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Media flawed, fixable: report

Media flawed, fixable: report

Independent media in Cambodia is regularly stifled by “routine” attacks against reporters, a lack of access to official information, government pressure and low pay, though the rapid rise of online news and social networking give cause for hope, according to a report released today.

Released ahead of World Press Freedom Day on Sunday, the Cambodian Centre for Independent Media’s Challenges for Independent Media 2014 report surveyed 78 journalists and analysed developments in the media.

Despite several incidents at political protests, which saw at least eight journalists attacked by security forces last year, the study found the majority of journalists were upbeat about the direction of the industry.

Behind the optimism, says the report, is the rapid rise of the internet in Cambodia, which has allowed more people to access, debate and share news, particularly through social networking.

However, despite the “online revolution”, serious challenges remain, including the government’s attempts to regulate the net, the report noted.

“Things are definitely improving,” said Um Sarin, of the Cambodian Association for the Protection of Journalists.

“But Cambodia can still be quite a dangerous place. We want the government to do more to bring people who attack or kill journalists to court.”

The report found journalists are “routinely subjected to violence” when covering controversial issues, with some 17 per cent of respondents attacked while reporting. Rural and local reporters were most at risk.

The study also called 2014 the deadliest year for Cambodian reporters since 1997, with three journalists killed. Although one of these deaths was allegedly connected to an extortion scheme, authors cited it as another case of the poor ethics that undermine the industry.

Some 79 per cent of respondents said the majority of Cambodian reporters did not conduct themselves with sufficient professionalism, with 40 per cent blaming low salaries for the trend. The majority of Cambodian journalists earned $300 or more, the report noted.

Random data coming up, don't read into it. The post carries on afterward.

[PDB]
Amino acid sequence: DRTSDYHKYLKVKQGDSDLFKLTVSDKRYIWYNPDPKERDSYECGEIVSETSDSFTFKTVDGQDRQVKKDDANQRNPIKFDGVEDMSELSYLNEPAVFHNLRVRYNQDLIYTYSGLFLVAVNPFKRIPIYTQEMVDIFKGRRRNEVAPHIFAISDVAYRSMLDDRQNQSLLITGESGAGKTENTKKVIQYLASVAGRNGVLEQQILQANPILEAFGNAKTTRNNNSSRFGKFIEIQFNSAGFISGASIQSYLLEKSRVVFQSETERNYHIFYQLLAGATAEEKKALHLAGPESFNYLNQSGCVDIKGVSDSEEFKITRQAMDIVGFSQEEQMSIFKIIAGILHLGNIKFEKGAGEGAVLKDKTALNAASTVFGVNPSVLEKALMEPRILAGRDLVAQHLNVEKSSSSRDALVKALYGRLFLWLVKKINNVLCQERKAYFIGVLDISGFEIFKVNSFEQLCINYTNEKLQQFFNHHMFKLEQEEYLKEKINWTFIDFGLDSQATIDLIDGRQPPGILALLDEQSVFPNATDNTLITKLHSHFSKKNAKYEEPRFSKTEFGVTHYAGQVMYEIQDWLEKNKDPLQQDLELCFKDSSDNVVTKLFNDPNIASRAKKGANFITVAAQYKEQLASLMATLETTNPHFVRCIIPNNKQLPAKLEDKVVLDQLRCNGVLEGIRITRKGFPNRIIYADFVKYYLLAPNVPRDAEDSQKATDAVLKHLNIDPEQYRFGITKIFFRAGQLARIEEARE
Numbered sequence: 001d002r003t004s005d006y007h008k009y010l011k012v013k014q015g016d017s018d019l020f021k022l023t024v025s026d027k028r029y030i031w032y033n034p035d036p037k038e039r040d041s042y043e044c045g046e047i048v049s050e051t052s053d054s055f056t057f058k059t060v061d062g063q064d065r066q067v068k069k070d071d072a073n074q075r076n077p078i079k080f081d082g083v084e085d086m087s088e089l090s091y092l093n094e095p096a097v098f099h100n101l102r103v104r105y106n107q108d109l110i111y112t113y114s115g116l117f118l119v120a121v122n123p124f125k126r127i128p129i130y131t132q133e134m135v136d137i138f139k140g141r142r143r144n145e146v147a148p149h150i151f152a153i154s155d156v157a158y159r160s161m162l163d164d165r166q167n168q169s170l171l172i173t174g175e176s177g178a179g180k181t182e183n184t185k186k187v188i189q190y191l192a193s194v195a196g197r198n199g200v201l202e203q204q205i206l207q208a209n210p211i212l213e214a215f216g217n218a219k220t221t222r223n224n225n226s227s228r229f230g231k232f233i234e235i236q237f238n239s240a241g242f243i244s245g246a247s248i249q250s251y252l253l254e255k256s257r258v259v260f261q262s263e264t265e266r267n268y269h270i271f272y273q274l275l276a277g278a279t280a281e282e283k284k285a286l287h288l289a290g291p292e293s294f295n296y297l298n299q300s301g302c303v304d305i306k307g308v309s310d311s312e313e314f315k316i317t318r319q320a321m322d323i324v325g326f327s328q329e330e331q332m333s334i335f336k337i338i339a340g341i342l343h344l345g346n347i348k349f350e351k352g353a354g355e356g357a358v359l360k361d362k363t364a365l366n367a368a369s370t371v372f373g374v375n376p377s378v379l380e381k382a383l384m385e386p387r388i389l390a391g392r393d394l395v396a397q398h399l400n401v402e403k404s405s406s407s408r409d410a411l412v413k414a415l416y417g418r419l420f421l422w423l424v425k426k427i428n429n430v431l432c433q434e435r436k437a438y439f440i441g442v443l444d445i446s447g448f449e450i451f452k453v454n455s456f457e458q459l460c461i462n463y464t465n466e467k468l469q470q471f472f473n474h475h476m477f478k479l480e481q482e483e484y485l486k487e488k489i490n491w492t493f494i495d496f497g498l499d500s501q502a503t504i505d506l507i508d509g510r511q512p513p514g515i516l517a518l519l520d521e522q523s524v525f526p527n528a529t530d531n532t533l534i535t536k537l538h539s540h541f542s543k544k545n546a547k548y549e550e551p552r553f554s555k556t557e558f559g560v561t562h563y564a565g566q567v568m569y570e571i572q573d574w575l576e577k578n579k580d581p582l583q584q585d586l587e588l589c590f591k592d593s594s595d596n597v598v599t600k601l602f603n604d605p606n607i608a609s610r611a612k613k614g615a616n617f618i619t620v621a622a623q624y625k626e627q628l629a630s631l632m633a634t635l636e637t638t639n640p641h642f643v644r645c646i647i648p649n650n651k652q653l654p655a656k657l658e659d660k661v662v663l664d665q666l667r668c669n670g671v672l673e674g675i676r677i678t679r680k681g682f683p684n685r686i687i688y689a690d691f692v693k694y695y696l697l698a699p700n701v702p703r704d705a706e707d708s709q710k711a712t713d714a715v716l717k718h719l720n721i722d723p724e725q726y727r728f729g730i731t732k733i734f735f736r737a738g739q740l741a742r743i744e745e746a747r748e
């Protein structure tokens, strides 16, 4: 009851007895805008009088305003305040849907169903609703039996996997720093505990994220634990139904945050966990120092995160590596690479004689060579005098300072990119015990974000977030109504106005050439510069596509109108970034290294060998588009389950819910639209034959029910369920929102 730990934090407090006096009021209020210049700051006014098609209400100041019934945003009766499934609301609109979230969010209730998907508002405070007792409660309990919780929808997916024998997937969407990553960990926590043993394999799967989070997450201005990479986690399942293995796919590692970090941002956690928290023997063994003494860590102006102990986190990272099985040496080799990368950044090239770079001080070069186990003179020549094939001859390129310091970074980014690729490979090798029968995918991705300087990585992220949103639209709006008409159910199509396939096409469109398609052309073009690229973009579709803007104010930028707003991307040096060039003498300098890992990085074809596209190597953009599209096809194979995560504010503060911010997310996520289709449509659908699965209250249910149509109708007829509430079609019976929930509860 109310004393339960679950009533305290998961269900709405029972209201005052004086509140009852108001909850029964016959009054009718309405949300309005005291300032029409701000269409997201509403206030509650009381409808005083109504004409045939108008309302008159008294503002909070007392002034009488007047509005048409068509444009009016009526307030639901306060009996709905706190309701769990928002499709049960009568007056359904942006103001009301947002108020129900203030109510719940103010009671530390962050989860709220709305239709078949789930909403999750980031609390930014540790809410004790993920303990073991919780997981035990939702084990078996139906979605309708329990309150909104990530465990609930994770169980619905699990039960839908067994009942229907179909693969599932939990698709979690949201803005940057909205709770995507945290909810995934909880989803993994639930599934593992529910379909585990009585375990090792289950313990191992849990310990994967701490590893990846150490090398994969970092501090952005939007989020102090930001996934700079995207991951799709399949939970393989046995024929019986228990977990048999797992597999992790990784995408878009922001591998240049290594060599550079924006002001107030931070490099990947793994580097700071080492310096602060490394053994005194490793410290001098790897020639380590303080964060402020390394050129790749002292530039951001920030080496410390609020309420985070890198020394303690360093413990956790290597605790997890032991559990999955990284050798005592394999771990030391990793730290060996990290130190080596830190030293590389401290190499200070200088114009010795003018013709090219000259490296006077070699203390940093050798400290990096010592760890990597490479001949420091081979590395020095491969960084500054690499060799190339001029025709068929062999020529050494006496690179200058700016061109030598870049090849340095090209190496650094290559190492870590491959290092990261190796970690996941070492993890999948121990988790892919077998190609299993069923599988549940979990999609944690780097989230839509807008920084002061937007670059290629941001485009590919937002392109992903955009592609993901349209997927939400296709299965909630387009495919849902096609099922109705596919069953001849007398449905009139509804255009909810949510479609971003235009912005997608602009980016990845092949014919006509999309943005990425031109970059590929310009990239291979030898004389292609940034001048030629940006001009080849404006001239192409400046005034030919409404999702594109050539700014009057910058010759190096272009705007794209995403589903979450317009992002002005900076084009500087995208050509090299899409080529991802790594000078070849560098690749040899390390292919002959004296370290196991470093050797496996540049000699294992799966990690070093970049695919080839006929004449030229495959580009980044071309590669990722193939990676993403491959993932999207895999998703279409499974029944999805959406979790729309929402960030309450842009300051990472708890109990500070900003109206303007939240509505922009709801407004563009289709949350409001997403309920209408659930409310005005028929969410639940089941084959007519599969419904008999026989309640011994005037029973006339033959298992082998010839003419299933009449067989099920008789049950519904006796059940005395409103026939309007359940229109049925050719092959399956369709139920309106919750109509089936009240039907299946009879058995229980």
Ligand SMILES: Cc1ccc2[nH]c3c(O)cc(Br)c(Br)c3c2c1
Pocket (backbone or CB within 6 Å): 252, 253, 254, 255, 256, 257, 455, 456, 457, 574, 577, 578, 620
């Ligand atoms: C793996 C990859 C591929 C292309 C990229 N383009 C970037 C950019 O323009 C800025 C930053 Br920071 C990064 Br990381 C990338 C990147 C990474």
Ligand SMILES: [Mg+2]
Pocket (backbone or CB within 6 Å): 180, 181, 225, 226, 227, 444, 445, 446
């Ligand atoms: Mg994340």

Even without direct threats, many journalists self-censored, particularly when covering land concessions, politics, corruption, courts and human rights, which independent media commentator Moeun Chhean Nariddh said was a major problem.

“Journalists continue to apply self-censorship by not reporting on sensitive issues because of the culture of impunity related to the killing and attacks on journalists,” he said.

The lack of an access to information law was also a major barrier to reporting, according to 93 per cent of respondents, with 66 per cent indicating their information requests through the current Press Law had yielded an improper response.

Although the government is drafting such legislation, the report cast doubt on its will to make reforms, noting it had made a number of yet-to-be realised commitments to press freedom last year.

Television, the medium most tightly controlled by the government, was the most distrusted by respondents, but was gaining popularity and starting to replace radio as the primary means of communication with citizens. Radio remained the most widely accessible, but tight licensing restrictions mean that only three outlets broadcast independent news. Newspaper audiences remain confined to urban populations.

Although growing rapidly – with the country registering 25 per cent penetration last year – the internet was “under threat” in 2014, authors wrote, citing the government’s scrapped cybercrime law, its plan to install surveillance equipment in the country’s ISPs and its online monitoring “Cyber War Teams”.

The Ministry of Information did not respond to a request for comment .

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